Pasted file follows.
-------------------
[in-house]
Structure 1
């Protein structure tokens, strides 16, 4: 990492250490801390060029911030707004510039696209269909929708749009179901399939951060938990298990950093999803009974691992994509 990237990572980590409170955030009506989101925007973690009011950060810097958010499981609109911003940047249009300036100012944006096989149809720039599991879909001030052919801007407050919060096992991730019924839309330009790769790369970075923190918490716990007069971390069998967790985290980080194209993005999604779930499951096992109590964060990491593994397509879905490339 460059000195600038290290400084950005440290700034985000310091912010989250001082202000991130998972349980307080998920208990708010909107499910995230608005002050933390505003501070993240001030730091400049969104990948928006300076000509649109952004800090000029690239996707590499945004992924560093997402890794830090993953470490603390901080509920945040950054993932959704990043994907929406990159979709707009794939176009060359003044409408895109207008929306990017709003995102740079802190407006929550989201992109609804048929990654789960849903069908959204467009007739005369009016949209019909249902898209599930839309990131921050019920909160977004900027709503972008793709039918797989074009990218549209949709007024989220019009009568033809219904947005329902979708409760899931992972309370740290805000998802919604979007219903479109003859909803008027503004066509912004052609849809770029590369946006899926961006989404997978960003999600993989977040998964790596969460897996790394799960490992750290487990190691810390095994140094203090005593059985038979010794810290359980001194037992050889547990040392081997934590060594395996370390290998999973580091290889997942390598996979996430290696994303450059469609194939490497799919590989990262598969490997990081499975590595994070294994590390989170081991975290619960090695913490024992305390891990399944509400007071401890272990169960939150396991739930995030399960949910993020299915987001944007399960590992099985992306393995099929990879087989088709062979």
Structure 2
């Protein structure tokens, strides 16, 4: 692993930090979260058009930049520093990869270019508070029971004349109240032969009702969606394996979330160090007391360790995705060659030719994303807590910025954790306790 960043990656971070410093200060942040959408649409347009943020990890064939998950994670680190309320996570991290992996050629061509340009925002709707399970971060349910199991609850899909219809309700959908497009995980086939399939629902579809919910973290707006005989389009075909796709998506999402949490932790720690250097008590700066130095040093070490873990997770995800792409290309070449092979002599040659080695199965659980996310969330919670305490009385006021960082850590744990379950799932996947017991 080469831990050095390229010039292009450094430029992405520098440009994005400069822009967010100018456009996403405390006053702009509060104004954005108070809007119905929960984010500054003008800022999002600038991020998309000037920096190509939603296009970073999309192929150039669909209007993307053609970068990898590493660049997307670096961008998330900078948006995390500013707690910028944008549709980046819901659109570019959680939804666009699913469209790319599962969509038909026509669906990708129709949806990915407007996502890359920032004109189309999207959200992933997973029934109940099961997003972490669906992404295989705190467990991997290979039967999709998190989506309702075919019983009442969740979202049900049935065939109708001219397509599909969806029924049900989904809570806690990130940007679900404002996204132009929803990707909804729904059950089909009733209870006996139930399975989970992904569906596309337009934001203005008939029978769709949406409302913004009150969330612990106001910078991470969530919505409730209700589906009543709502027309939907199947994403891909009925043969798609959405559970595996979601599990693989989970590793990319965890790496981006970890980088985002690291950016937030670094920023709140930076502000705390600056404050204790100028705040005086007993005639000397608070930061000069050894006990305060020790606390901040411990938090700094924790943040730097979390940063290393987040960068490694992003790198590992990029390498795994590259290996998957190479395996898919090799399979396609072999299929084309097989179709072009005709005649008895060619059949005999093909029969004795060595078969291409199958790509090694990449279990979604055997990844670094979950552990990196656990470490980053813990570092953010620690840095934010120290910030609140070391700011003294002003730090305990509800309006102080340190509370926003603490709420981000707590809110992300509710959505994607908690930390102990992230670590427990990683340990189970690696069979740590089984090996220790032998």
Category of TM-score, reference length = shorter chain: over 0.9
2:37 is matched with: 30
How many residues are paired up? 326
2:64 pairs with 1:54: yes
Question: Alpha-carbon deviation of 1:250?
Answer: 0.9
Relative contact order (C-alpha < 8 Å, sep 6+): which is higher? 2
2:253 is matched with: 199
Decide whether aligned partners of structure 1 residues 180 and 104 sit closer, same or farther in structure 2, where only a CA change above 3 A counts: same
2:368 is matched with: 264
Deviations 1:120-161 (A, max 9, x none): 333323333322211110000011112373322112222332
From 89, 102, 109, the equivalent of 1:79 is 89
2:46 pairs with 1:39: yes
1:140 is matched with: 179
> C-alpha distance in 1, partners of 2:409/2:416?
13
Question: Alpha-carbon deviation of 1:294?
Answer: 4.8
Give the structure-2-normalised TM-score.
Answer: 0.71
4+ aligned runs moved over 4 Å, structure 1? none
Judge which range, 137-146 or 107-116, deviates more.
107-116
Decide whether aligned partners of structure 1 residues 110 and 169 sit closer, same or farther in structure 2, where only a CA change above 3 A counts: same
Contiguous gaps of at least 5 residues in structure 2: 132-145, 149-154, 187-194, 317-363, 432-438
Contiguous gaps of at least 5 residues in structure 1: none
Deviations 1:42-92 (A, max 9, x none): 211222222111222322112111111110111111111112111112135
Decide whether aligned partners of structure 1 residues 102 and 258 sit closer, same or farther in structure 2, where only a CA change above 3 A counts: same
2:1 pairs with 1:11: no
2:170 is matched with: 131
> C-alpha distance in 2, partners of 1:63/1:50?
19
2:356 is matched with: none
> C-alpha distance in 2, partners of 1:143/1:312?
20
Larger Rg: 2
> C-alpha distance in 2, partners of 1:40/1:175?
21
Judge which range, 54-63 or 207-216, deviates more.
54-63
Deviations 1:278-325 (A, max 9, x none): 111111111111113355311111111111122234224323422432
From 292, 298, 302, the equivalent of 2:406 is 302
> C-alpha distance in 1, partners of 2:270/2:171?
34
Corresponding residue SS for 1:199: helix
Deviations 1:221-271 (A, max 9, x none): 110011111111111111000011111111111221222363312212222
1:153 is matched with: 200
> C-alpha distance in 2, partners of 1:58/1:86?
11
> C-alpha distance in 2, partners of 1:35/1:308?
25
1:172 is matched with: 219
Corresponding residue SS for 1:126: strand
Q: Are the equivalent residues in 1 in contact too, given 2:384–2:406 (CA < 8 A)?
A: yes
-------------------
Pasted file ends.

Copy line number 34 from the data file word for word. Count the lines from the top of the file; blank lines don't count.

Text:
2:1 pairs with 1:11: no